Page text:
Unlike the case with previous Scott Boras clients, I haven’t heard anyone make even a plausible suggestion that Bryce Harper would try to go back to school, play in the independent leagues, go to Japan or do anything else other than sign with the Nationals before the August 15th deadline. Nevertheless, reporters keep asking the team how they feel about it. Here’s MASN’s Byron Kerr:
In Cleveland, I got the opportunity to speak with Nationals General
Manager Mike Rizzo regarding this year’s #1 first-year player selection,
catcher/outfielder Bryce Harper.
Mike, having worked with agent Scott Boras while signing Stephen
Strasburg last season, does that give you a leg up in the negotiations
with Bryce Harper this year?
“Each case with each individual and each representative is unique.
We are not going to put any timetables on it. We feel with Bryce like
we did with Stephen, if two parties want to make a deal, a deal will be
made. So, we are optimistic about it.”
Which is what Mark Lerner said last week. And if that’s not good enough, the Washington Post’s Adam Kilgore recently spoke with Harper’s college coach who said that Harper’s own parents are firmly in the “we don’t want to hold out; we want to sign and get this over with” camp.
It’s Boras, so we can fully expect the signing to wait until the absolute last minute before the deadline, but Harper is going to sign with the Nats. Which will be more boring than seeing him abuse Northern League pitchers, but which makes total sense for everyone involved.
To the surprise of, well, very few, the Mariners didn’t make the cut for the postseason this year. While they threw their hats in the ring for a wild card berth, their pitching staff just couldn’t stay healthy, from the handful of pitchers who contracted season-ending injuries in spring training to Felix Hernandez‘s shoulder bursitis to structural damage in Hisashi Iwakuma‘s right shoulder. Left-hander James Paxton missed 79 days with a lingering head cold, strained left forearm and pectoral strain. Heading into the 2018 season, the lefty told MLB.com’s Greg Johns that he plans to “nerd out big-time” in order to prepare for a healthy, consistent run with the club.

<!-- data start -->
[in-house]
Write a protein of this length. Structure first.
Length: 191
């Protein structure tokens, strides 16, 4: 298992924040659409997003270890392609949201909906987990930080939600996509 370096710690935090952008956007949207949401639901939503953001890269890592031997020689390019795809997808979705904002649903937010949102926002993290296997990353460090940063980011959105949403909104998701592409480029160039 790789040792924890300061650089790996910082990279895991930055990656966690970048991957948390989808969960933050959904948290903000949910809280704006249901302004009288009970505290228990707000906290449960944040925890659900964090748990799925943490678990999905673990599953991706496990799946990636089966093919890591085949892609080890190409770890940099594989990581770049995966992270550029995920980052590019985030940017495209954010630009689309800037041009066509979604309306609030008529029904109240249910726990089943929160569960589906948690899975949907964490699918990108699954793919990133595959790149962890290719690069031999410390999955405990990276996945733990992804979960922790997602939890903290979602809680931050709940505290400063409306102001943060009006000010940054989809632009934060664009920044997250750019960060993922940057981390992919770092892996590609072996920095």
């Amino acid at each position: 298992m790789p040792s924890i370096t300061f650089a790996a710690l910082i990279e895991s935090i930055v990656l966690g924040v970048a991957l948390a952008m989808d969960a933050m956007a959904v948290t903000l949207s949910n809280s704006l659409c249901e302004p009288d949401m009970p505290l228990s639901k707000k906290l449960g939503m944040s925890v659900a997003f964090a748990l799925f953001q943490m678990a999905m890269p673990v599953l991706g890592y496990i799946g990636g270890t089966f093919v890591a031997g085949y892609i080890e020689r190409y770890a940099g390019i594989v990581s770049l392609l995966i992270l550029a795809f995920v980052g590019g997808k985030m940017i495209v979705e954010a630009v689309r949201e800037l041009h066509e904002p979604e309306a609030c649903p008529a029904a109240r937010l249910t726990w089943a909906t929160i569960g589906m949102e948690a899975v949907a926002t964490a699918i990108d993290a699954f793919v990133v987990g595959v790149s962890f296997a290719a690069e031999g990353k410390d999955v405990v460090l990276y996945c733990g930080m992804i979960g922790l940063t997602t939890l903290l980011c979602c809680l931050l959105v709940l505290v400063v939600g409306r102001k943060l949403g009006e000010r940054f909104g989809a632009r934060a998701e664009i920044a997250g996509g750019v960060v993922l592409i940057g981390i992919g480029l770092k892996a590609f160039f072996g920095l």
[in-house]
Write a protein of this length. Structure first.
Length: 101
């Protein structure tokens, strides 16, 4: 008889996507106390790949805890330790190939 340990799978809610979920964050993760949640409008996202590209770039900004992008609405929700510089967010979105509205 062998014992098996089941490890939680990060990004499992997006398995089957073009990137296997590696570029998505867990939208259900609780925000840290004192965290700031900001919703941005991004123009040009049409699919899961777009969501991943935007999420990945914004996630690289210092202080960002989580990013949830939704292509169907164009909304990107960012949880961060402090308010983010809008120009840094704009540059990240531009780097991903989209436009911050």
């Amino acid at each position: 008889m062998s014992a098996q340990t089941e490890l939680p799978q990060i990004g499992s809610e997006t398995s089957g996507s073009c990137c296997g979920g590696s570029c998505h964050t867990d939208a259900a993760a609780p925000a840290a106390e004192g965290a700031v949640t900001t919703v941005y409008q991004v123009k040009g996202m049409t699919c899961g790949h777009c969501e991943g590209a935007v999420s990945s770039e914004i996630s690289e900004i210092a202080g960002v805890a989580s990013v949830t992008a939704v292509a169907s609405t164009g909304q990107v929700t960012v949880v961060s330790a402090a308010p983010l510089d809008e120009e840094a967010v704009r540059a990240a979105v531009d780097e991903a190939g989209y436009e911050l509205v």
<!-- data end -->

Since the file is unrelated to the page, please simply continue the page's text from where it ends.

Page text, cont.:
So far, Johns reports, that entails a new diet and workout program, hot yoga sessions and blood testing. “I just think there’s more I can do,” Paxton said. “I haven’t done the blood testing before. Finding out if there’s something I don’t know about myself. It’s just about learning and trying to find what works for me.”
When healthy, the 28-year-old southpaw was lights-out for the Mariners. He helped stabilize the front end of the rotation with a 12-5 record in 24 starts and supplemented his efforts with a 2.98 ERA, 2.4 BB/9 and 10.3 SO/9 through 136 innings. Despite taking multiple trips to the disabled list, he built up 4.6 fWAR — the most wins above replacement he’s compiled in any season of his career to date. Had he not been felled by a pectoral injury in mid-August — one that came with a five-week trip to the disabled list — the club might have been been able to make a bigger push for the playoffs.
Of course, even if Paxton manages to stay healthy next season, the Mariners still have the rest of the rotation to worry about. They cycled through 17 starters in 2017 and tied the 2014 Rangers with 40 total pitchers over the course of the season. Per GM Jerry Dipoto, their top four starters (Paxton, Hernandez, Iwakuma, and Tommy John candidate Drew Smyly) only contributed 17% of total innings pitched, just a tad below the 40% average. Finding adequate big league arms and compensating for injured aces (both current and former) will be tough. Still, getting a healthy, dominant Paxton back on the mound for 30+ starts would be a huge get for the team — whether or not the postseason is in their future next year.